US 20020090928 A1
The mobile station includes a system for using open channel time not needed during access to the wireless web. The mobile station monitors the use of the channel, and determines when the user is no longer transmitting or receiving information. Until the current network session terminates, the mobile station may operate in the background to either send or receive information with the network. Any action taken by the user would take priority over the background operations.
1. A method of utilizing a network connection in a wireless communication system comprising:
determining all requested network activities are completed;
detecting the network connection remains active; and
communicating along the network connection.
2. The method of
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9. A mobile station comprising:
a network interface which communicates with an external network;
an interval timer which calculates the amount of time remaining in a billing interval;
a processor which completes one or more requests along the network interface, wherein the processor initiates background communication along the network interface when the one or more requests are complete; and
memory which stores information transmitted along the network interface prior to expiration of the interval timer.
10. The mobile station of
11. The mobile station of
12. The mobile station of
13. The mobile station of
14. The mobile station of
FIG. 1 illustrates components of a wireless communication system 100. A mobile switching center 102 communicates with a base station 104. The base station 104 broadcasts data to and receives data from mobile stations 106 within a cell 108. The cell 108 is a geographic region, roughly hexagonal, having a radius of up to 35 kilometers or possibly more. The base station 104 may also communicate with an Internet Service Provider (ISP) 110. The ISP 110 provides an interface between the wireless communication system 100 and the world wide web, or Internet. In some embodiments, the mobile station 106 communicates with the ISP 110 through the base station 104. However, it can be appreciated that the mobile station 106 may directly communicate with the ISP 110.
 The mobile station 106 is capable of receiving data from and transmitting data to a base station 104. Additional cells adjacent to the cell 108 permit mobile stations 106 to cross cell boundaries without interrupting communications. This is because base stations 104 in adjacent cells assume the task of transmitting and receiving data for the mobile stations 106. The mobile switching center 102 coordinates all communication to and from mobile stations 106 in a multi-cell region, thus the mobile switching center 102 may communicate with many base stations 104.
 The mobile stations 106 may move about freely within the cell 108 while communicating either voice or data. The mobile stations 106 not in active communication with other telephone system users may, nevertheless, scan base station 104 transmissions in the cell 108 to detect any telephone calls or paging messages directed to the mobile station 106.
 One example of such a mobile station 106 is a cellular telephone used by a pedestrian who, expecting a telephone call, powers on the cellular telephone while walking in the cell 108. The cellular telephone synchronizes communication with the base station 104. The cellular telephone then registers with the mobile switching center 102 to make itself known as an active user within the wireless network.
 The mobile station 106 scans data frames broadcast by the base station 104 to detect any telephone calls or paging messages directed to the cellular telephone. In this call detection mode, the mobile station 106 receives, stores and examines paging message data, and determines whether the data contains an identifier matching an identifier of the mobile station 106. If a match is detected, the mobile station 106 establishes a call with the mobile switching center 102 via the base station 104. If no match is detected, the mobile station 106 enters an idle state for a predetermined period of time, then exits the idle state to receive another transmission of paging message data.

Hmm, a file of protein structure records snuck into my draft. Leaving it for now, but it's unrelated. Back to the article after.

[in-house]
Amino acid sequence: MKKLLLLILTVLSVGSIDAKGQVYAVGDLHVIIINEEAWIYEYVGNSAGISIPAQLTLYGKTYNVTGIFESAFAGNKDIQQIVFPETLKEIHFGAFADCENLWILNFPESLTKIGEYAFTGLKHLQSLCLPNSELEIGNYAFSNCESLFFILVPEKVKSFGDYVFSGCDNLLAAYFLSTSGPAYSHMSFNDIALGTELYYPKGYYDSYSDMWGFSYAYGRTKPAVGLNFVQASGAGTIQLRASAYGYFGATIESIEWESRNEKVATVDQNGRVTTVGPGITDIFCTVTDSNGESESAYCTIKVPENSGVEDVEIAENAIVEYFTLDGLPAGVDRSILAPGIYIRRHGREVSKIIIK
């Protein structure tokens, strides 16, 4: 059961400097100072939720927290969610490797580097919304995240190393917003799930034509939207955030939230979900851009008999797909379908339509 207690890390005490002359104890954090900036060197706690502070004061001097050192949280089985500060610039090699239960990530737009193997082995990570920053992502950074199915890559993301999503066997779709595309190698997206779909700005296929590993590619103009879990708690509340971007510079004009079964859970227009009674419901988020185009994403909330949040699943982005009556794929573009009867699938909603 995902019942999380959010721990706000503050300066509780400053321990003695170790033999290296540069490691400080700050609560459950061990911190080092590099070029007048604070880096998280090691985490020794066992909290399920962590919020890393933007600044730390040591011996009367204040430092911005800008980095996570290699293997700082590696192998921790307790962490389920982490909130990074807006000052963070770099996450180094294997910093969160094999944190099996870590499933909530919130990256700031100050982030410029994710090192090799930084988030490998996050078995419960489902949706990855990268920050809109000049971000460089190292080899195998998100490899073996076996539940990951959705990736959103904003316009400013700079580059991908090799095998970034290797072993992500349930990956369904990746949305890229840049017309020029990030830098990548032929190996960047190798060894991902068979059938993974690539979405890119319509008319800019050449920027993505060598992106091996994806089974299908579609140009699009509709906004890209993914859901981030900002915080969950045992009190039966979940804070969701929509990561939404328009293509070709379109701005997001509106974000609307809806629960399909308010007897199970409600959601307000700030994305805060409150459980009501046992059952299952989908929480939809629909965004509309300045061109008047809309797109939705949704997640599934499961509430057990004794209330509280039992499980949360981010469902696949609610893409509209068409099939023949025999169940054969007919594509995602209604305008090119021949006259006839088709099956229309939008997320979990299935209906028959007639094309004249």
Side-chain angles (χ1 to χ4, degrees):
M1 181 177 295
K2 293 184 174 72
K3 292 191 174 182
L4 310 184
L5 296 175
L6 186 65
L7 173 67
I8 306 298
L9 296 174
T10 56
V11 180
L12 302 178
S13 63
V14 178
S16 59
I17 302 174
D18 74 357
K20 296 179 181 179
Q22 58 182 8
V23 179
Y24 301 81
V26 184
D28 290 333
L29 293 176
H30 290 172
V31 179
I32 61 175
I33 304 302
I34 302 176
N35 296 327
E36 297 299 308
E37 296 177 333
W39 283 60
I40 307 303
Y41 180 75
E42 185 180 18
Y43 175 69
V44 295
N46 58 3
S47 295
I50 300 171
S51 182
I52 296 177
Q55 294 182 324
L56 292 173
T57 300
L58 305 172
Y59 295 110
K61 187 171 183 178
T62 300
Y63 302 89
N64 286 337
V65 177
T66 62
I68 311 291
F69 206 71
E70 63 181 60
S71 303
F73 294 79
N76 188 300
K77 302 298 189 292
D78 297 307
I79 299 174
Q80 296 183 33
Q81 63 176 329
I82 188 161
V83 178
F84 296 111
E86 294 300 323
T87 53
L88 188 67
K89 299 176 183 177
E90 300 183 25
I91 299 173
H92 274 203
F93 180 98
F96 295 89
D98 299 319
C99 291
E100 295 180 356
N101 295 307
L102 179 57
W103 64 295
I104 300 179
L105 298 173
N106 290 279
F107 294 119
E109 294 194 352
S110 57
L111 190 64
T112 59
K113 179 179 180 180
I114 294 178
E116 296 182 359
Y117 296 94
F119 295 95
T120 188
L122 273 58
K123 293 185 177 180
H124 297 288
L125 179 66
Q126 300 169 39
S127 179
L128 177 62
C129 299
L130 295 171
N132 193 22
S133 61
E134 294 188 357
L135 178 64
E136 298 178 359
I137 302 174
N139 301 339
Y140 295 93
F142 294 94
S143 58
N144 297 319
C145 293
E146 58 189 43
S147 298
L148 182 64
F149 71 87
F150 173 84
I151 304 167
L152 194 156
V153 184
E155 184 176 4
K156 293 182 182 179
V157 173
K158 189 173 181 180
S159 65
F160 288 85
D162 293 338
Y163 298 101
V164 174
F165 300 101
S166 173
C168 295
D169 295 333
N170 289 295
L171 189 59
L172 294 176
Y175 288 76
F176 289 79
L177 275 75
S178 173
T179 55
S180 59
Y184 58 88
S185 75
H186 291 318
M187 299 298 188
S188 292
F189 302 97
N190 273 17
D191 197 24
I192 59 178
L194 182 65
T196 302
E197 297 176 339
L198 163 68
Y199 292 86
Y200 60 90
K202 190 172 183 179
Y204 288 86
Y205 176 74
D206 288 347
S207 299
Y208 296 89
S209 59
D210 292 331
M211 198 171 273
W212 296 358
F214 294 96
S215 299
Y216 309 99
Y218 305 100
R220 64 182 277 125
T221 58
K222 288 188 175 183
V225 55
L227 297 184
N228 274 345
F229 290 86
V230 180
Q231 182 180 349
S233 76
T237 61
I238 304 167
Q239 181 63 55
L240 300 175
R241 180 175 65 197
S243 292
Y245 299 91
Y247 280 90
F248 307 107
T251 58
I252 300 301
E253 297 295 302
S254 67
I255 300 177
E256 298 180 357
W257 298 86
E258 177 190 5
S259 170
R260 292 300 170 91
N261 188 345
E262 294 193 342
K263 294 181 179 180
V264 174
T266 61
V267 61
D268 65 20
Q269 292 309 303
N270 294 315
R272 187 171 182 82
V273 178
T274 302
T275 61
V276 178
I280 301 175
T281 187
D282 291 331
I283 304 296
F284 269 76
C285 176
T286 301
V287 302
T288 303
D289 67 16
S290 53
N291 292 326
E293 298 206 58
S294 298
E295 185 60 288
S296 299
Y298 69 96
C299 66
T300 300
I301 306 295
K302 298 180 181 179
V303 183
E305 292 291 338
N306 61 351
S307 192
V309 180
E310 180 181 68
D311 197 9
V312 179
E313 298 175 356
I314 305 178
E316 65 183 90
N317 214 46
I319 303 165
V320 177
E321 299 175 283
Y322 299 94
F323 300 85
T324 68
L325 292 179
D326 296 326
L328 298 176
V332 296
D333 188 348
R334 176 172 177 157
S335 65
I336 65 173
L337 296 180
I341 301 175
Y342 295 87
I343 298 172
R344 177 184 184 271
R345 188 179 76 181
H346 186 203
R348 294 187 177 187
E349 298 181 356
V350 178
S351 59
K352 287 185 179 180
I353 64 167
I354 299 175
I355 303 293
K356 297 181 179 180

FIG. 2 shows a block diagram of the mobile station 106 and the processing that occurs in that mobile station 106. A processor 205 is driven by programs stored in a memory 210. Any information received by the mobile station 106 may be stored in the memory 210 or a buffer 215. The buffer 215 may store information obtained from the Internet service provider 110.
FIG. 3 illustrates the process 300 according to one embodiment of utilizing the network resources by a mobile station 106. The process 300 begins at a START block 305. Proceeding to block 310, the mobile station 106 initiates a network connection with the ISP 110. The network connection may be opened as the result of a user requesting information from the network, such as the latest stock prices or sports scores. As stated above, the mobile station 106 communicates within the wireless communication system 100 with the ISP 110. Many ISPs provide connections in set time intervals, such as one minute. If the requested information from the user is successfully transferred in less than a whole time interval, the network connection may remain open for the remainder of the time interval. For example, if an ISP provides connections in one minute intervals, a user request that takes one minute, five seconds to complete will leave fifty-five seconds of a time interval unused. Typically, the network connection may remain open for the remaining fifty-five seconds awaiting further user requests. However, the user may choose to manually terminate the connection. If the connection is not manually terminated, the mobile station 106 may use a timer, such as a linger timer, to determine when to terminate the connection. The linger timer may count down the remaining amount of unused time in a time interval, and if no further requests are made during that period, the mobile station 106 may automatically terminate the connection at the expiration of the linger timer. Because the ISP bills in whole time intervals, no additional charges are incurred by waiting for the expiration of the linger timer, whether or not data is transmitted along the network connection.
 Proceeding to block 315, the process 300 determines whether all of the user network requests have been completed. If the requests are still being processed, the mobile station 106 proceeds along the NO branch in a loop back to block 315. Thus, the mobile station 106 may continually monitor the status of the user requests to be able to determine when all the requests have been satisfied.
 Once the requests have been completed, the process 300 proceeds along the YES branch to block 320. In block 320, the mobile station 106 determines whether the network connection is still available. If the user requests took up the substantial portion of the time interval, there may not be a sufficient amount of useful time remaining. Further, after completing all the requests, the user may have manually terminated the network connection. If no network connection is available, the process 300 proceeds along the NO branch to terminate in END block 340.